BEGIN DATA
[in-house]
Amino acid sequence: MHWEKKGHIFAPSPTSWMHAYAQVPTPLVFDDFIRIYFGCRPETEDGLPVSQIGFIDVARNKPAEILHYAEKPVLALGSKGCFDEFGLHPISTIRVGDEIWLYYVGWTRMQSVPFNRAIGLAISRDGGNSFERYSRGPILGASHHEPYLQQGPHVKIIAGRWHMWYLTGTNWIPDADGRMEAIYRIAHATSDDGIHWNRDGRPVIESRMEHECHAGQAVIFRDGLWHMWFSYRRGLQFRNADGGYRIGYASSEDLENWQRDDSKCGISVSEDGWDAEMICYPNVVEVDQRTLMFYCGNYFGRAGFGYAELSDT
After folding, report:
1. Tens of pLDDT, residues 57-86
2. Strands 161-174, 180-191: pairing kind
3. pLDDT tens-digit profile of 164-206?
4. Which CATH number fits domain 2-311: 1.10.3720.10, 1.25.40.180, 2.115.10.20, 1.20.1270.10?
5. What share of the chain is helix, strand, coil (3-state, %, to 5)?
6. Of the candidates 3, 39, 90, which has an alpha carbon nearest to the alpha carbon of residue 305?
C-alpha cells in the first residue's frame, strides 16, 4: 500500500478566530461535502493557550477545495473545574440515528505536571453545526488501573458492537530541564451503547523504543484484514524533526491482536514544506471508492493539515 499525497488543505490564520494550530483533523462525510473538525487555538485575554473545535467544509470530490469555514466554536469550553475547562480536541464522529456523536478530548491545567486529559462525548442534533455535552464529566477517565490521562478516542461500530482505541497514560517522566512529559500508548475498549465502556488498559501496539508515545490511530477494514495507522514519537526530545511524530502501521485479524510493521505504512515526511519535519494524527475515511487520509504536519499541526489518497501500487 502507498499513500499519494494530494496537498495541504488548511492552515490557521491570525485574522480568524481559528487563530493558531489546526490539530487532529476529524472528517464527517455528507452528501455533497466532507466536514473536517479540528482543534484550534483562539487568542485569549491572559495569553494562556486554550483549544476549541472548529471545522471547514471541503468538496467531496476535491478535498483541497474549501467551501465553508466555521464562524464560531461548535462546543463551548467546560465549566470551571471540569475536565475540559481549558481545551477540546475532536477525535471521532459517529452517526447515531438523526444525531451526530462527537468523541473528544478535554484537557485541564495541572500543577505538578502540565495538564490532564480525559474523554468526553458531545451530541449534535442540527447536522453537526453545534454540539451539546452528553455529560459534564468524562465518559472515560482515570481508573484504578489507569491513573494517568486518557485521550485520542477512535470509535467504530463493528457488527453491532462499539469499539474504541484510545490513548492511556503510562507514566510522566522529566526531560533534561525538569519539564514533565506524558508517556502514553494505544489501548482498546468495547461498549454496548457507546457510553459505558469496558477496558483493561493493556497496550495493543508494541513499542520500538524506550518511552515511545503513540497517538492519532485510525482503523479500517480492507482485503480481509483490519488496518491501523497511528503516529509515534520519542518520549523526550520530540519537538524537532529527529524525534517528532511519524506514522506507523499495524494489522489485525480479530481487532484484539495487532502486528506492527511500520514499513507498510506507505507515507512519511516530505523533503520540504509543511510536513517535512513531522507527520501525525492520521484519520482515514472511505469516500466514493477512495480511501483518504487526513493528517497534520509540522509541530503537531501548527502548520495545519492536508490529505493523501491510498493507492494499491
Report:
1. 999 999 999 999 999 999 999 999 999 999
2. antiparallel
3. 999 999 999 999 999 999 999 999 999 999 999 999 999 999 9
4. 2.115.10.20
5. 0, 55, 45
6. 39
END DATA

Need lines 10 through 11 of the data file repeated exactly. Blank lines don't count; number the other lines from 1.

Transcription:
C-alpha cells in the first residue's frame, strides 16, 4: 500500500478566530461535502493557550477545495473545574440515528505536571453545526488501573458492537530541564451503547523504543484484514524533526491482536514544506471508492493539515 499525497488543505490564520494550530483533523462525510473538525487555538485575554473545535467544509470530490469555514466554536469550553475547562480536541464522529456523536478530548491545567486529559462525548442534533455535552464529566477517565490521562478516542461500530482505541497514560517522566512529559500508548475498549465502556488498559501496539508515545490511530477494514495507522514519537526530545511524530502501521485479524510493521505504512515526511519535519494524527475515511487520509504536519499541526489518497501500487 502507498499513500499519494494530494496537498495541504488548511492552515490557521491570525485574522480568524481559528487563530493558531489546526490539530487532529476529524472528517464527517455528507452528501455533497466532507466536514473536517479540528482543534484550534483562539487568542485569549491572559495569553494562556486554550483549544476549541472548529471545522471547514471541503468538496467531496476535491478535498483541497474549501467551501465553508466555521464562524464560531461548535462546543463551548467546560465549566470551571471540569475536565475540559481549558481545551477540546475532536477525535471521532459517529452517526447515531438523526444525531451526530462527537468523541473528544478535554484537557485541564495541572500543577505538578502540565495538564490532564480525559474523554468526553458531545451530541449534535442540527447536522453537526453545534454540539451539546452528553455529560459534564468524562465518559472515560482515570481508573484504578489507569491513573494517568486518557485521550485520542477512535470509535467504530463493528457488527453491532462499539469499539474504541484510545490513548492511556503510562507514566510522566522529566526531560533534561525538569519539564514533565506524558508517556502514553494505544489501548482498546468495547461498549454496548457507546457510553459505558469496558477496558483493561493493556497496550495493543508494541513499542520500538524506550518511552515511545503513540497517538492519532485510525482503523479500517480492507482485503480481509483490519488496518491501523497511528503516529509515534520519542518520549523526550520530540519537538524537532529527529524525534517528532511519524506514522506507523499495524494489522489485525480479530481487532484484539495487532502486528506492527511500520514499513507498510506507505507515507512519511516530505523533503520540504509543511510536513517535512513531522507527520501525525492520521484519520482515514472511505469516500466514493477512495480511501483518504487526513493528517497534520509540522509541530503537531501548527502548520495545519492536508490529505493523501491510498493507492494499491
Report: